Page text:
Do you believe in astrology, or that the positions of the stars and planets can affect people’s lives?

In 2012, Pew sampled more than 3,000 people by phone, and 30% of Americans agreed with this statement.  In 2009, 25% agreed.  That represents millions of Americans, and these numbers have been verified by polling from other outlets. 

The Gallup Poll, for example, has been asking a similar question since 1975 with the following results:  25% (2005); 28% (2001); 25% (1996); 23% (1994); 25% (1990); 31% (1978); and 25% (1975).  When Fox News asked this same question in 2005, 37% of people said they believe in astrology; a 2003 study by Fox News put this number at 29%.  There are a few outliers like a 1998 ABC/Washington Post Poll where 16% believe in astrology, but for the most part the numbers hover in the 25-30% spectrum.  For more than 35 years, more than 25% of Americans have said that they believe in astrology.

The 2009 Pew study is interesting for a number of reasons, that I will summarize here.  You might wonder—who are these 25% of people who believe in astrology?  What is their profile?  To begin, the Pew study tells us that they skew younger; in fact, the younger a person is, they more likely they are to believe; 18-24 year-olds believe (32%) and 65+ believe to a much lesser degree (18%).  They also tend to be less formally educated; in fact, the more formal education people have the less they tend to be believers.  Likewise, they tend to be more liberal (30%) than conservative (18%) and to be poorer (32% of those making under $30,000 a year) than wealthier (16% of those making over $75,000 per year).  Democrats outnumbered Republicans 2 to 1.  There were more believers on the West Coast (29%) versus the South (22%), but there was not huge variation in the four major regions of the country.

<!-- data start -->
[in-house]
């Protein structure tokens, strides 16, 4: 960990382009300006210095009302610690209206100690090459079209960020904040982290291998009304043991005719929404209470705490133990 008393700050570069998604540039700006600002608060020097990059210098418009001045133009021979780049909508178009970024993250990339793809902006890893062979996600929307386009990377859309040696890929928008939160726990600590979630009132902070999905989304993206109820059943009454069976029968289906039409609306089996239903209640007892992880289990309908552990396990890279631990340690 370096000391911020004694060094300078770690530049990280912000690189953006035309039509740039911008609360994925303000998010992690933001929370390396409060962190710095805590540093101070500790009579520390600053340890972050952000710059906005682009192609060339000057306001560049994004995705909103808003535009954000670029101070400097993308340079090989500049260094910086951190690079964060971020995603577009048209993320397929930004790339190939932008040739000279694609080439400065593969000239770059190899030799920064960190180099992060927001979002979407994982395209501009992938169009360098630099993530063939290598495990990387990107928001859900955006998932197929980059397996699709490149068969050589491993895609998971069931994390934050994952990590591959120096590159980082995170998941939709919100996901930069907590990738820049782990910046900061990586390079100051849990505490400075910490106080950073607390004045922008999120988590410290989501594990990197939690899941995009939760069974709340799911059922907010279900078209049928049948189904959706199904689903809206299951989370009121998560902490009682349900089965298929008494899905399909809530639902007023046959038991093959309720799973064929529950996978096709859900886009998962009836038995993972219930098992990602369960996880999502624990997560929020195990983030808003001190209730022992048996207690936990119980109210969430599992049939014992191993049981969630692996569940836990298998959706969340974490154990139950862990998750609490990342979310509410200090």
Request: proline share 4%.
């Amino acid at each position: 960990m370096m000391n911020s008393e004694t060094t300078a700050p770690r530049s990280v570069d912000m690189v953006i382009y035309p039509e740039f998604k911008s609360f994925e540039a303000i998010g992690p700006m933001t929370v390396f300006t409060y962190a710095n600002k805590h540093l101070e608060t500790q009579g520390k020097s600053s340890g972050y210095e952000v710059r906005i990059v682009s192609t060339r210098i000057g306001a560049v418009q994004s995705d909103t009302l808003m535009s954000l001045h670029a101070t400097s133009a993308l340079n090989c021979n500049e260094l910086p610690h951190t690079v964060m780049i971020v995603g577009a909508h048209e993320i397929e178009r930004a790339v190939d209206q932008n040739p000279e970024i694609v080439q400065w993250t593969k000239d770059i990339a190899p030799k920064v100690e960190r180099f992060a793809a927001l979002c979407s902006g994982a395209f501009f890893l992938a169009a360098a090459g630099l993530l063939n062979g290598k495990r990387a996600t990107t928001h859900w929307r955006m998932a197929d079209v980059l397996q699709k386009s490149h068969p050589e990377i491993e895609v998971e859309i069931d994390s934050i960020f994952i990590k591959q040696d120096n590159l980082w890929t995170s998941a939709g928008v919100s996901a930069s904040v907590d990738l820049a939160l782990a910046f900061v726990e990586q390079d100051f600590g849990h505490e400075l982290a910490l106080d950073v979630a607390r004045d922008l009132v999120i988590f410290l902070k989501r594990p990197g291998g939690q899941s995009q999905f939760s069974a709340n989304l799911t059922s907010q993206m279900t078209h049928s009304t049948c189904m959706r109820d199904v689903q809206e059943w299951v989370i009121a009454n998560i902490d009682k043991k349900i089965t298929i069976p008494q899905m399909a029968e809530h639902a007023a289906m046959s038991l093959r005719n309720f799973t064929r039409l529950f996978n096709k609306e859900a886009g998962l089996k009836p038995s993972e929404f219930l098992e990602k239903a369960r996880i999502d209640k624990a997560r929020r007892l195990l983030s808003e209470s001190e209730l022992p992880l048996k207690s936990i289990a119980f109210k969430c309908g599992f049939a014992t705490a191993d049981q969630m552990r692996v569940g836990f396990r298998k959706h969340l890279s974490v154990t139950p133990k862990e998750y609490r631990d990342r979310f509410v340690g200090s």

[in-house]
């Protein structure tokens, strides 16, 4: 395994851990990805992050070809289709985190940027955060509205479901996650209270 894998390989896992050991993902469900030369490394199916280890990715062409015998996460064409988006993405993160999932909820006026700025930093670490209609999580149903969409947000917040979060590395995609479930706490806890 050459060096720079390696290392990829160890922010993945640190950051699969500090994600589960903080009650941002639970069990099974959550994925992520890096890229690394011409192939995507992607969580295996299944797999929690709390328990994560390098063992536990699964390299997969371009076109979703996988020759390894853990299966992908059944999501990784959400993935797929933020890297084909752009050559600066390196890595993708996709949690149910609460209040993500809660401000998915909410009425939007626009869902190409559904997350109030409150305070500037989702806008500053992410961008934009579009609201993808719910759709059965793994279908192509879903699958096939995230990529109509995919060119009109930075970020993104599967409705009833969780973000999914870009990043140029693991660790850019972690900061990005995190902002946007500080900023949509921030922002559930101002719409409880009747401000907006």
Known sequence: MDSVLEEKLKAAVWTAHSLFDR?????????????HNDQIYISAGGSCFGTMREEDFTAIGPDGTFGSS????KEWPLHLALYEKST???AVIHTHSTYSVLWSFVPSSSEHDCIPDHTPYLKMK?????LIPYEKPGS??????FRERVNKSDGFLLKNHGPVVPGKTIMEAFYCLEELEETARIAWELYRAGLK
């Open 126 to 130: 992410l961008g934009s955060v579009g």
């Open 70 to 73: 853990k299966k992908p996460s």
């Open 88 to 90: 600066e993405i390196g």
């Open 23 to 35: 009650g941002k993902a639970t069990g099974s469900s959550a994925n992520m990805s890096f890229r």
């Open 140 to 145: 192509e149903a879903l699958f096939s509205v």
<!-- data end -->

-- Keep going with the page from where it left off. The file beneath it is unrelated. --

There were a couple of surprises for me, though.  My own suspicion was that the percentage of women who suscribe to astrology would be much higher than men, but it is only modestly so; 28% of women versus 21% of men.   A more startling fact was that while 22% of believers were self-identified as Caucasian/White, 29% of African-Americans and 35% of Hispanics claimed to be so.

I am fortunate that I work with a number of very talented public opinion researchers, which has given me some modest insight about how all this works.  They also have given me so cues on how to identify some of the best research over the last twenty or so years on this topic, which is admittedly scarce.  Generally you analyze public opinion not only to get a snapshot about the beliefs of a particular group, but also to change or modify it.  From my vantage point, if I were a member of the astrological establishment, I would be using this sizeable audience to identify key opinion leaders and influencers who could help expand the universe of folks that give additional credibility to this art.

Although 25% of Americans believe in astrology, more than 50% regularly read their horoscope or a personal astrology report (2010 General Social Survey) either occasionally or regularly.  So more than half of Americans are aware of astrology, even if less pay active attention to it.  And only 5% actually said that “horoscopes or astrology helped you make decisions about your life” (1988 CBS News/New York Times Poll), so far fewer are either able to make sense of their horoscopes or know how to practically activate themselves around it.

All of this opinion research though still begs the question about what people actually believe in.  Truthfully, I am not sure what these folks think astrology actually is, and I can’t tell you how many folks ask if being psychic and intuitive is the same thing.  These are good questions.  So there is a lot of room to actually influence and shift people’s thinking on this topic.